Chinese tech giant Alibaba challenges Meta with open-sourced A.I. model launch

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  • Alibaba launched its large language model called Tongyi Qianwen in April.
  • Tongyi Qianwen allows AI content generation in English and Chinese and has different model sizes, including seven billion parameters and above.
  • Alibaba will be open-sourcing the seven-billion-parameter model called Qwen-7B, and a version designed for conversational apps, called Qwen-7B-Chat.
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Alibaba said Thursday it is opening up its own artificial intelligence model to third-party developers, as the Chinese e-commerce giant aims to increase the use of its product and take a leading role in technology.

The move could pit Alibaba against U.S. tech giant Meta, which has made a similar move, and pose a potential challenge to OpenAI, the firm behind viral AI chatbot ChatGPT.

In April, Alibaba launched its large language model (LLM) called Tongyi Qianwen. A LLM is an artificial intelligence model trained on huge amounts of data. It is also the basis for generative AI applications, such as ChatGPT — which generate human-like responses to user prompts.

Tongyi Qianwen allows AI content generation in English and Chinese and has different model sizes, including seven billion parameters and above. A model's parameters refer to its power.

Alibaba will be open-sourcing the seven-billion-parameter model called Qwen-7B, along with a version designed for conversational apps, called Qwen-7B-Chat. This means that researchers, academics and companies globally can use the model to create their own generative AI apps without needing to train their own systems, saving time and expense. Companies with more than 100 million monthly active users will require a royalty-free license from Alibaba to do so.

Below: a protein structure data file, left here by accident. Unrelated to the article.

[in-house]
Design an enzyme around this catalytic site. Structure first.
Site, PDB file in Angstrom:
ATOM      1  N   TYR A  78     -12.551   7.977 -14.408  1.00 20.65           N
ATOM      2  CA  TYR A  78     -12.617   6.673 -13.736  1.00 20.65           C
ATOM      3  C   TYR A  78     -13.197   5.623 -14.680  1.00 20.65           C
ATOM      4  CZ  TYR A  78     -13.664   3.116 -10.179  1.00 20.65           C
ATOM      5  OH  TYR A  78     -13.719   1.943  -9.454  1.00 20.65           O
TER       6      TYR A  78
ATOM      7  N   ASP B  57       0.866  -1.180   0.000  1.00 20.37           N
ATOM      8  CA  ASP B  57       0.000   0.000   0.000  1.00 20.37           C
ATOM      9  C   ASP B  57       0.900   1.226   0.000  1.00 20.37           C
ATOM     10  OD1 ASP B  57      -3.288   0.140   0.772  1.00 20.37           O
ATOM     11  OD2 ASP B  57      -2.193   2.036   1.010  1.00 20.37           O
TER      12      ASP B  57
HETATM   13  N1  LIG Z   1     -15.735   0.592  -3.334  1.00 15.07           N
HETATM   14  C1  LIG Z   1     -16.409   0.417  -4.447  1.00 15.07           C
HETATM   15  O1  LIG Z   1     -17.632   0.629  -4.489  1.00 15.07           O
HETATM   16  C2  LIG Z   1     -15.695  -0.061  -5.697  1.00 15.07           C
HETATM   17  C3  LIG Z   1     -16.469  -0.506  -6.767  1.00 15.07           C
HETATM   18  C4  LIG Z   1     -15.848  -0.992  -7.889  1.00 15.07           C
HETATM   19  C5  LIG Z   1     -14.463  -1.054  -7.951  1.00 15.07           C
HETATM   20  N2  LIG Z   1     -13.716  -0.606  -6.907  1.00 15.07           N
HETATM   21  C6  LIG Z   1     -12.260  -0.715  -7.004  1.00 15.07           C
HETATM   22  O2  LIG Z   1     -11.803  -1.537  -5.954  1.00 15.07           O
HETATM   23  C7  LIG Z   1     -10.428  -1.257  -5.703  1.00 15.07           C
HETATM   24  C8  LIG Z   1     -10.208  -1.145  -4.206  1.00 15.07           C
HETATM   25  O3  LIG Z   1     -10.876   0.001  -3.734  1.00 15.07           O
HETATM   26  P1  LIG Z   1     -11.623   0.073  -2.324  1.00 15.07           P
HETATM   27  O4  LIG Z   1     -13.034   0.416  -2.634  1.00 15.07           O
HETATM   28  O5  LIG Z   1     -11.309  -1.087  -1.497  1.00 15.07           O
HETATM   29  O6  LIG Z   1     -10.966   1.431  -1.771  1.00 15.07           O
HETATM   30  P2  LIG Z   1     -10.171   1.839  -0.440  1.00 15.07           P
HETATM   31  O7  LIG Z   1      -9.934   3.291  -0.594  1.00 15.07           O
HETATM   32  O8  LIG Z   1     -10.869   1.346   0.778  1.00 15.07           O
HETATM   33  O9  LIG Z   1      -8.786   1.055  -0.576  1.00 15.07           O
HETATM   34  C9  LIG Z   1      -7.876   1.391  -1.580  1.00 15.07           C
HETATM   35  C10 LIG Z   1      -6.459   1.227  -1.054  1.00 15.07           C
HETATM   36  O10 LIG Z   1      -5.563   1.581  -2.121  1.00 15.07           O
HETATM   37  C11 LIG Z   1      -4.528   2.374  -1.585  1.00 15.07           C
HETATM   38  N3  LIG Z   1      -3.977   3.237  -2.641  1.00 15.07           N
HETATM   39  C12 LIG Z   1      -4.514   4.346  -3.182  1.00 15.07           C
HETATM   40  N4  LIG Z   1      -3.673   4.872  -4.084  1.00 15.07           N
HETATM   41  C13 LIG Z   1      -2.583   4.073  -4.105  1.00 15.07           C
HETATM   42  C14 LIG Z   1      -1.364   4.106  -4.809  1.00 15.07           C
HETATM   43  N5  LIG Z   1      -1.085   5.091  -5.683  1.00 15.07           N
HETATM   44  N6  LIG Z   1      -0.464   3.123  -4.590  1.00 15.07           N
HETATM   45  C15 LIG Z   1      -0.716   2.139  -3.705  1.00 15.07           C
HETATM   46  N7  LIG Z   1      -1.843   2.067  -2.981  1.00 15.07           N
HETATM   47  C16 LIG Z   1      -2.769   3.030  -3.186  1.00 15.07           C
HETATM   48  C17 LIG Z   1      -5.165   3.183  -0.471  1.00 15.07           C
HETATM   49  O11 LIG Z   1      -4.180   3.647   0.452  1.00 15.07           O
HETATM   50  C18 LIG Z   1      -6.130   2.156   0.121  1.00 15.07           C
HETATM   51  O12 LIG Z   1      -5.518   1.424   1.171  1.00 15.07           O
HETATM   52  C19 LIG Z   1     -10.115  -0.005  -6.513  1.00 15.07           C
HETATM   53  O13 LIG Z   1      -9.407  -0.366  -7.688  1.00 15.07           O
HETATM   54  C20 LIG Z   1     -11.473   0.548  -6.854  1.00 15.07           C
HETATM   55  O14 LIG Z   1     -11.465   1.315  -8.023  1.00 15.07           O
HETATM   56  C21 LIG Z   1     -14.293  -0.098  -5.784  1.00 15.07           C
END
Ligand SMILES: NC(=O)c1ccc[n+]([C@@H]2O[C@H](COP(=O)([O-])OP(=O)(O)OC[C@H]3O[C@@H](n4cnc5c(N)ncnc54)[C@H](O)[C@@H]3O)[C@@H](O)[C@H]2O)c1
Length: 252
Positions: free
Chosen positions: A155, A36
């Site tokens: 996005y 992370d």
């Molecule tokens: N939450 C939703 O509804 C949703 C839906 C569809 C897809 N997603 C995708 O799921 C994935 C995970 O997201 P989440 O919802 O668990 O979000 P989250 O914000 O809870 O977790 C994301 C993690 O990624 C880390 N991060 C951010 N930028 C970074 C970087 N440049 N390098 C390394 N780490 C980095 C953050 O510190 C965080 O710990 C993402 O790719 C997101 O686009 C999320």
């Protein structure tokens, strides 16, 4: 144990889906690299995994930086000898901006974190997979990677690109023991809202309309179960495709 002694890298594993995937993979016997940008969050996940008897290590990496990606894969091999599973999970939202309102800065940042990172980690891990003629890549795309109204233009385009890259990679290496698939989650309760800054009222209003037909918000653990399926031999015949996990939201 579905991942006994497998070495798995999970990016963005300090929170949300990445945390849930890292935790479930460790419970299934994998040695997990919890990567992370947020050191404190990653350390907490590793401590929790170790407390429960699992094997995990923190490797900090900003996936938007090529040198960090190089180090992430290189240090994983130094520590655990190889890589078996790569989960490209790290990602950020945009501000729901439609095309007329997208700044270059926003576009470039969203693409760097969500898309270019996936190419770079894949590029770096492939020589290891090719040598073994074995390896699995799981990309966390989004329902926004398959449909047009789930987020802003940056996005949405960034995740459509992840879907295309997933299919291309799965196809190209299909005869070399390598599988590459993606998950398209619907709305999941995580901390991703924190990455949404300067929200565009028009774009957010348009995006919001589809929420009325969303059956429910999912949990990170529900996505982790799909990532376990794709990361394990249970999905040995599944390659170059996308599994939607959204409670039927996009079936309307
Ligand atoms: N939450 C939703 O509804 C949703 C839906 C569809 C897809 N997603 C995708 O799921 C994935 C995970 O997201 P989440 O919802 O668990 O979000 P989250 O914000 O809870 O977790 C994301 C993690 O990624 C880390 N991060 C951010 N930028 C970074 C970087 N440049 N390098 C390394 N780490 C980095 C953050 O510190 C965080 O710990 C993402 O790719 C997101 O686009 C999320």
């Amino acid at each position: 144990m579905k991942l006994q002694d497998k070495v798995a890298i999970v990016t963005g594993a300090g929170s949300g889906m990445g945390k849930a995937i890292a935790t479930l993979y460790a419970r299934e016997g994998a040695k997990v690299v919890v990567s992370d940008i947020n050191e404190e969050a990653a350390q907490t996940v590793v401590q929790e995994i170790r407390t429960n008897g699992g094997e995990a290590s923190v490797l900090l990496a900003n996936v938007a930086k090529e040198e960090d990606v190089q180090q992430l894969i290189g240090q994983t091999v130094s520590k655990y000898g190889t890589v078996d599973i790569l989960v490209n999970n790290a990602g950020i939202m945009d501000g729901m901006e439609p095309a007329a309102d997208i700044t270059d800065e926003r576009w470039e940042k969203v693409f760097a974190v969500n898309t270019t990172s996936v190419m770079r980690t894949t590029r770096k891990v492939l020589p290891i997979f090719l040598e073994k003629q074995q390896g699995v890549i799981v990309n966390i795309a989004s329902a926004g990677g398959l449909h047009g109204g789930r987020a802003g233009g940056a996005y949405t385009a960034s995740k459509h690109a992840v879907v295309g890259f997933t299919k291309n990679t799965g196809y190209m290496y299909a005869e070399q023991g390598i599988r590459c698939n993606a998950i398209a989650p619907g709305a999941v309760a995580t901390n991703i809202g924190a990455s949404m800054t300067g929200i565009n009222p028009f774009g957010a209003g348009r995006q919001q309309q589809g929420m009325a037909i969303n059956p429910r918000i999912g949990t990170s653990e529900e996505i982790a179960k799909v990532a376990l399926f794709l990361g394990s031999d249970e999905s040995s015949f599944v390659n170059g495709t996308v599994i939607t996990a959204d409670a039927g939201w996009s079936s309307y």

While Alibaba might not earn licensing fees from open-sourcing its technology, the distribution will help the company get more users for its AI model.

This comes at a time when China's biggest e-commerce company is looking to boost its cloud computing division through investments in AI, targeting cloud computing as a critical future area for profitability and growth.

Meta earlier this year open-sourced its Llama large language model to researchers and is working with other tech firms to boost its adoption. Microsoft last month said it was making Meta's Llama 2 available on its Azure cloud-computing service.

Alibaba hasn't yet announced such a partnership — but if its LLM gains success in the market, it could prove attractive for cloud providers to make it available to customers. Offering a good LLM for AI apps development is a potential competitive advantage for cloud computing players.

Alibaba has already built its own apps using Tongyi Qianwen. Last month, the Hangzhou-headquartered firm launched Tongyi Wanxiang, an AI service that can generate images from prompts.

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